Davles, Rev. Samuel 293

Davison, J., anecdote of 435

Deaf and Dumb 179

Declaration of Independence at Richmond* ■• • 313

Dick Pointer, heroism of 287

Dismal Swnmp 401

Dodiidge, Philip, anecdotes of 197

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Uncle Jack, the negro preacher 174

Union Theological Seminary 434

Upshur, Hon. A. P 405

Van Bebbers, anecdotes of the 366

Virginia, general view of. 138

- Governors 145

"Military Institute 449

Virginians in high official stations under the

United States 146

Virginians, Jones's description of 330

Waddel, James, the blind preacher 417

Washington, marriage and courtihip of 389

," his office at Soldier's Rest 333

M entry of as surveyor 337

"anecdotes of- 241 543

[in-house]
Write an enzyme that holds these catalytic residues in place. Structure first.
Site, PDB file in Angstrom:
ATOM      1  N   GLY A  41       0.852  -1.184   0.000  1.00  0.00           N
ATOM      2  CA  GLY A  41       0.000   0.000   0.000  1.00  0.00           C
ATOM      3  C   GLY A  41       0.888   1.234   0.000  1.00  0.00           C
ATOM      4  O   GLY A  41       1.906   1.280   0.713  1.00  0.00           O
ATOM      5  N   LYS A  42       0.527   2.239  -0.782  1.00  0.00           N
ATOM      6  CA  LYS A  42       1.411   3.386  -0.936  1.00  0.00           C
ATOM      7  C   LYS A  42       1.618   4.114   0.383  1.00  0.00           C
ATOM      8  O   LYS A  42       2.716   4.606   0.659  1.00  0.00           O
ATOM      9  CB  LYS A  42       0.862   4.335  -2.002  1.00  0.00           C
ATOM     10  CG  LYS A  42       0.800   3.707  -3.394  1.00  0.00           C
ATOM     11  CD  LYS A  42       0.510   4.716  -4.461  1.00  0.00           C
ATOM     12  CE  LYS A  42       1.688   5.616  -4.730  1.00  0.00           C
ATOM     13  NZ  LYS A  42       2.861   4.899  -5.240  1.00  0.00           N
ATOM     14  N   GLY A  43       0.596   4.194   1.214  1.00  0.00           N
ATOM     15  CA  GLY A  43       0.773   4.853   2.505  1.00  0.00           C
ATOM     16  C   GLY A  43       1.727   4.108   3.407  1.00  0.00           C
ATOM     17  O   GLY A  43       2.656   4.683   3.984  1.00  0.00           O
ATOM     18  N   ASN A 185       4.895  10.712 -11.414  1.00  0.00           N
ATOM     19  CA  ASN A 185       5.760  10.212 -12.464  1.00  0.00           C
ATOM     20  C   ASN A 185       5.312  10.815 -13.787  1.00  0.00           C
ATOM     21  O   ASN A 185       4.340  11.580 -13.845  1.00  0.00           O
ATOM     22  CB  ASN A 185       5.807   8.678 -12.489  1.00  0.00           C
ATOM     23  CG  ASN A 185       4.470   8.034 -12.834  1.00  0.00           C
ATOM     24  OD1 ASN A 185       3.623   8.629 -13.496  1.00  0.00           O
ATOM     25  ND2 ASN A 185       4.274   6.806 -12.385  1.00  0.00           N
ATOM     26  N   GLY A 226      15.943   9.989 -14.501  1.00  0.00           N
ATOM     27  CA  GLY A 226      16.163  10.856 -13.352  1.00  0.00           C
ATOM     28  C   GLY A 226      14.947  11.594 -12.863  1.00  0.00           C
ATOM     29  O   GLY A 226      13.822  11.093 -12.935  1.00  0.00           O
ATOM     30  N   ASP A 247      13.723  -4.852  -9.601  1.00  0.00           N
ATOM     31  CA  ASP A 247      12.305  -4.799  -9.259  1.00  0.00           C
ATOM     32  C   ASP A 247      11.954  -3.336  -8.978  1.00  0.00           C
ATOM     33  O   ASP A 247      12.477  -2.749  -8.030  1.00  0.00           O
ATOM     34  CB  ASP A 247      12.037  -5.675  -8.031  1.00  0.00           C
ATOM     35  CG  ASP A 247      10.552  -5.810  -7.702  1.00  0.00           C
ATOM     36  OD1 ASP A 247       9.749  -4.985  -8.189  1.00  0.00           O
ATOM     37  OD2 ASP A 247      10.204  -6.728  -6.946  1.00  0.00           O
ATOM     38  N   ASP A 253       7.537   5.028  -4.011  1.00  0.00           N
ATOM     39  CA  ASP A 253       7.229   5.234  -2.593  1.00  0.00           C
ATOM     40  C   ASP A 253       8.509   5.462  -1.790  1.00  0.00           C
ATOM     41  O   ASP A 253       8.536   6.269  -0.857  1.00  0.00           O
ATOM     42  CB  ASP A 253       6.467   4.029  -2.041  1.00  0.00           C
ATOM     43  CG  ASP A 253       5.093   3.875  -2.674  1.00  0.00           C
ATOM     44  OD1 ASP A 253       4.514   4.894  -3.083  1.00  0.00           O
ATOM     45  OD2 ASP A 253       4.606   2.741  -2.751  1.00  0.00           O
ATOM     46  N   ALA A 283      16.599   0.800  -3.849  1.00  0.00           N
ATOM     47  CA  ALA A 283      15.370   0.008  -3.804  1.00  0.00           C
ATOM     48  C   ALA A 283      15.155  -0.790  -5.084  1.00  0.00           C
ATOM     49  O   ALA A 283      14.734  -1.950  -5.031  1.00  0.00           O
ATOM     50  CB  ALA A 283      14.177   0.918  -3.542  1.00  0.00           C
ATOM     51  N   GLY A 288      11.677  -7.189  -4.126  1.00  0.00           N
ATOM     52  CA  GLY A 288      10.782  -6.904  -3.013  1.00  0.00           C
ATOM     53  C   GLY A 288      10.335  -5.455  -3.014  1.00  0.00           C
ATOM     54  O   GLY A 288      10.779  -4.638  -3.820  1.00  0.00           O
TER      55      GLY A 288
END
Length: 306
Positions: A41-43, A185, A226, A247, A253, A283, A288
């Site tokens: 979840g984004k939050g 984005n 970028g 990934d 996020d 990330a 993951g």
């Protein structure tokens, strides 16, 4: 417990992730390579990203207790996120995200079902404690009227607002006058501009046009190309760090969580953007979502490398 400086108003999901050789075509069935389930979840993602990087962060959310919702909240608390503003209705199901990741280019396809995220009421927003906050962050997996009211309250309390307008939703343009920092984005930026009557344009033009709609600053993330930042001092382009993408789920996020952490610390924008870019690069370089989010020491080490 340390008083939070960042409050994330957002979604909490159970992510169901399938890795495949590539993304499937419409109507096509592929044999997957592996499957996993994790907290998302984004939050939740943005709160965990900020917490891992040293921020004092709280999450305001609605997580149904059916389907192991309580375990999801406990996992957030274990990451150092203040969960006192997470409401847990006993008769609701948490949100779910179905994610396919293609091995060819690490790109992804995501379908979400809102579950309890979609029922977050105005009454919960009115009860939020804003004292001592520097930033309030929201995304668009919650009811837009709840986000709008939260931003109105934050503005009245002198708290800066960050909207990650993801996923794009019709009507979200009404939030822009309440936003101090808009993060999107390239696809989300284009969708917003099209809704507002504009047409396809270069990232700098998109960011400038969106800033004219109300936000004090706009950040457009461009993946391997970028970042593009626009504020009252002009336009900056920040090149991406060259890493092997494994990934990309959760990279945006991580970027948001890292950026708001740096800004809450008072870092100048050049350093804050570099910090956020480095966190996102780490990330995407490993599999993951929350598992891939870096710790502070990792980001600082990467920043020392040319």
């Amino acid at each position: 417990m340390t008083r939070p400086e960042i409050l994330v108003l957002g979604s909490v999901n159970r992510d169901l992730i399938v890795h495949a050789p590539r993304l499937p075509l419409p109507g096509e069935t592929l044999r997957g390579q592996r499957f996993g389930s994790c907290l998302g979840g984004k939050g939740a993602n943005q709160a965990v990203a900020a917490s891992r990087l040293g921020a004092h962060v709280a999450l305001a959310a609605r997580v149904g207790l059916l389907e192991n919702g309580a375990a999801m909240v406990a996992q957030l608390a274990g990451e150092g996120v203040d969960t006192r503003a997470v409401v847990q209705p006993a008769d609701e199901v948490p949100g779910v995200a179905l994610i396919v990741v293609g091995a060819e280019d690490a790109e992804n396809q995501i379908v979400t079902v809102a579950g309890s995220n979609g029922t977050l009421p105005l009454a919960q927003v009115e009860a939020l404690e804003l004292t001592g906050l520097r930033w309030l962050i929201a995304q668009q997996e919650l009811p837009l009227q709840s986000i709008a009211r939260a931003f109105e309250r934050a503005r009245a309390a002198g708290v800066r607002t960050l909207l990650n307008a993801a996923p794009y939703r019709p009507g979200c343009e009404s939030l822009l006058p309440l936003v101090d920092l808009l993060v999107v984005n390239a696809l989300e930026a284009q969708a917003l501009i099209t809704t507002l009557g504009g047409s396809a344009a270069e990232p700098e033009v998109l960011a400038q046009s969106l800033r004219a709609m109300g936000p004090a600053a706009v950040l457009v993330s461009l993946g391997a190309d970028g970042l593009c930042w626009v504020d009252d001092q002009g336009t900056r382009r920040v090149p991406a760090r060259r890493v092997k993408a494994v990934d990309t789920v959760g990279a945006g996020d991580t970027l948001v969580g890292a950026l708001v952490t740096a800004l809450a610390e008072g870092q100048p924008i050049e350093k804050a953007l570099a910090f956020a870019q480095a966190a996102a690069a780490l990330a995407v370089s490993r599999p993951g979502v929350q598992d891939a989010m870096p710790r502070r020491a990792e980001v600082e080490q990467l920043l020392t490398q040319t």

"residence of at ML Vernon 257

"statueof 308

"modesty of 329

'rof 483

449

Washington, likeness of at Harper's Ferry-... 335

"his recommendation of Volney . • 261

"aged servant of. 184

"fac-simile of his writing 509

""of the entry of his birth 509

"birthplace of 507

"Lord Brougham's sketch of the

character of 508

"Judge Bushrod 513

"Col. William 484

Weyer's Cave 183

Weddings of early settlers 198

Westover, the seat of Col. Byrd 217

Weems, Pnnon 355 256

Wetzel, Lewis 413

Weed on, Gen 480

Wirt, William 171

William and Mary College 324

Witchcraft, trial for - 436

Woodford, Gen. Win 215

Wolf-pits, construction of 306

Wythe, George 352

Zane, Elizabeth, heroism of. 411